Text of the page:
Tradepoint Atlantic is now remaking an industrial steel mill's site into a new logistics hub
For the past seven decades, the City of Baltimore, Maryland has been funneling millions of gallons of wastewater through five miles of pipes daily from the Back River Wastewater Treatment Plant to Sparrows Point, sending it to an industrial steel mill.
The chemically treated water would then flow through to two designated outfalls in the river, monitored by state and federal regulators. Since Bethlehem Steel shut down about a decade ago, the infrastructure at the mill site has continued to push treated wastewater out to Patapsco.
Tradepoint Atlantic, the developer that completed its acquisition of the 3,100-acre property in 2018, is now remaking the site into a new logistics hub, reported the Baltimore Business Journal.
“When we took over the property, we inherited this industrial water system and we had no real need for it anymore,” said Aaron Tomarchio, a vice president for Tradepoint. “As we went through our redevelopment” — one that has added warehouses for the likes of Amazon, Floor & Decor and others — there were parts of the system in the way of development.”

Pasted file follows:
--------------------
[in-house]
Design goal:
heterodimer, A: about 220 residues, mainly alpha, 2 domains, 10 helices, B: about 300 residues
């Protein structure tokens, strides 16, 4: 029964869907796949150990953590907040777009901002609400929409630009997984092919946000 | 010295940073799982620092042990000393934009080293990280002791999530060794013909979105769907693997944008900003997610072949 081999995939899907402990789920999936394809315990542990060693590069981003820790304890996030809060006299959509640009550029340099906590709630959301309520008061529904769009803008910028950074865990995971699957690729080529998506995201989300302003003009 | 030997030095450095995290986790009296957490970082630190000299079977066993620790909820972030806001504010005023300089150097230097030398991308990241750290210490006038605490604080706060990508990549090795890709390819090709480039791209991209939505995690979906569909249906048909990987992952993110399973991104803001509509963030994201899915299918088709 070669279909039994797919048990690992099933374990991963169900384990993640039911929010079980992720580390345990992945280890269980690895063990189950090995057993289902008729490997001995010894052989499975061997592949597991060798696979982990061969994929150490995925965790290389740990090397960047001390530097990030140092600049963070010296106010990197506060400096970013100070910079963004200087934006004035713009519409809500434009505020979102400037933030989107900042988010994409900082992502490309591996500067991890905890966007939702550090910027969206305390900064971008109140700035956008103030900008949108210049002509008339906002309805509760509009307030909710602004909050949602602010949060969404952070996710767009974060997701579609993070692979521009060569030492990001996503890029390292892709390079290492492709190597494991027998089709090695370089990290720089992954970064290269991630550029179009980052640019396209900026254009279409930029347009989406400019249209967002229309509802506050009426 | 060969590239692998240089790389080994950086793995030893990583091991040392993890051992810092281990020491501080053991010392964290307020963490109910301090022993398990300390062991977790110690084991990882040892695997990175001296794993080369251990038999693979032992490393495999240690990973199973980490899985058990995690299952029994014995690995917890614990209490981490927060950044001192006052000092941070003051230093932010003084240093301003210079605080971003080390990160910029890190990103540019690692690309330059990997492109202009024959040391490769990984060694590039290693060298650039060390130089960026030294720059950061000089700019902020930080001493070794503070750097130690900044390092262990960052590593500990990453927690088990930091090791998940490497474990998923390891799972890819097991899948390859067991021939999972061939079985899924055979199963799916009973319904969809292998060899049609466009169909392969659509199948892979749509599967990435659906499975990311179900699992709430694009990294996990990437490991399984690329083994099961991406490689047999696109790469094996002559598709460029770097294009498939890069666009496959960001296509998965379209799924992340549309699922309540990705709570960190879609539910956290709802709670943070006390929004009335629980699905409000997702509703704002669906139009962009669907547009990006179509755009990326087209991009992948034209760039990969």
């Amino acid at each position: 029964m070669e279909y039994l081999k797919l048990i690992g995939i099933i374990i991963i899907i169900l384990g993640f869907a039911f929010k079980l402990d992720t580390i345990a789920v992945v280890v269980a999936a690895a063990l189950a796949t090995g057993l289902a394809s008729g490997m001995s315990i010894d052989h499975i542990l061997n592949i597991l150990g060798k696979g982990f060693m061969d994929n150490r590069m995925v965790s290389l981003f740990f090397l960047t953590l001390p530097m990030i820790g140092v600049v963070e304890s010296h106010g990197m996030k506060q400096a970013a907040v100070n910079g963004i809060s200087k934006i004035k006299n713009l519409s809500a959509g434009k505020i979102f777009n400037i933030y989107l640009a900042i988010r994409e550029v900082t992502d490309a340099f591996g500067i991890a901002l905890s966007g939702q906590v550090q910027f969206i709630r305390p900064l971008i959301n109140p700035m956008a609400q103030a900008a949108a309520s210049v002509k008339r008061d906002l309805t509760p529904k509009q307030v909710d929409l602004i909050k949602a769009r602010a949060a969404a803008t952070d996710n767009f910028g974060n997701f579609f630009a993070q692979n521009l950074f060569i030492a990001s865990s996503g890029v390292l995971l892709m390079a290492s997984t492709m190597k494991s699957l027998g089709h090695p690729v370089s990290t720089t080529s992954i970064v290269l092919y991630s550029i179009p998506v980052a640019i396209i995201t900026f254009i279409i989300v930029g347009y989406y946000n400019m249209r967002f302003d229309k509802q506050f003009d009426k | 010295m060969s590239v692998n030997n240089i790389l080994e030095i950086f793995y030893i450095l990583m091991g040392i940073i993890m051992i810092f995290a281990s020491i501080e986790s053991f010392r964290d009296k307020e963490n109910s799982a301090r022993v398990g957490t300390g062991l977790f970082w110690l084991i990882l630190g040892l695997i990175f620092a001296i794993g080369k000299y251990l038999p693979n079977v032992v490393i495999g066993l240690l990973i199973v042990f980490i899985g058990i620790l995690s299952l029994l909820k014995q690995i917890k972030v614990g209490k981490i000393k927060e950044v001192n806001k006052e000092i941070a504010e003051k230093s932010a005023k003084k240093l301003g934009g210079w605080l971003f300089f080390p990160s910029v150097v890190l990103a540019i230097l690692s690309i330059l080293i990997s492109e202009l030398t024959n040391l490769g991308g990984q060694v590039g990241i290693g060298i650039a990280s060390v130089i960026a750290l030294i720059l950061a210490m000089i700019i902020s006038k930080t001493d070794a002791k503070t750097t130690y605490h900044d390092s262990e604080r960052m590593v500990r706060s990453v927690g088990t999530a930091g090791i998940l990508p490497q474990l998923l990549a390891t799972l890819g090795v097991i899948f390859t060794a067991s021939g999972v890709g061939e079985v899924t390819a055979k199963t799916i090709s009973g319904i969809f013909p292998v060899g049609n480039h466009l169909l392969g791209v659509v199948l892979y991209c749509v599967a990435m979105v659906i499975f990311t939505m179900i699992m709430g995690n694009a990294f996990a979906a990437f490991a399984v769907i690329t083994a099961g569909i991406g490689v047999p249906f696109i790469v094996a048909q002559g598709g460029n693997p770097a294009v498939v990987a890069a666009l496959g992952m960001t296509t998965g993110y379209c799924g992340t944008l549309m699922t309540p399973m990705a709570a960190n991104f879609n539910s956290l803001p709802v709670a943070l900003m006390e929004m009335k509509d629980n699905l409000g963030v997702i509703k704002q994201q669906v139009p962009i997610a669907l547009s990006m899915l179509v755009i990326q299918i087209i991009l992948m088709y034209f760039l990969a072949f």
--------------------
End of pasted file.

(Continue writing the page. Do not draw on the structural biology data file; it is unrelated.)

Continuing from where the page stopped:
Baltimore will be paying Tradepoint to let the city maintain and modernize the industrial architecture, while getting its pipes out of the way, reported the Baltimore Business Journal.
This allows Tradepoint to start developing land and actually putting it into active use, according to Matthew Garbark, acting director of the Department of Public Works.
The developer and city will establish a permanent solution where the city will construct its own infrastructure on the edge of Sparrows Point to a new discharge point into the Patapsco River, according to the Baltimore Business Journal. Tradepoint is granting the city a license for a $14,000 monthly fee to use the infrastructure on its property through October of 2022.
The fee will increase drastically to $119,286 each month, if and when the license is extended, according to the Baltimore Business Journal. The city has also set $1.2 million for a contingency fund to help Tradepoint pay for certain expenses incurred from the sewage discharge agreement.
The Back River Wastewater Treatment Plant has also been depositing its chemically treated wastewater into the Back River and Patapsco River, reported the Baltimore Business Journal. Under limits imposed by the Maryland Department of the Environment, the plant can send a maximum of 130 million gallons daily into outfalls in the Back River and 130 million gallons per day to Sparrows Point, where the treated effluent enters the Patapsco.
Both Garbark and Tomarchio emphasized that this is treated water flowing out, not raw sewage.
The city also plans to add a new outfall leading further out in the Patapsco, which would reroute the water from outfalls closer to the shore on the eastern and western edges of Sparrows Point. This should also also prevent further erosion of the shoreline, given the contaminated sediment and groundwater left over from Bethlehem Steel.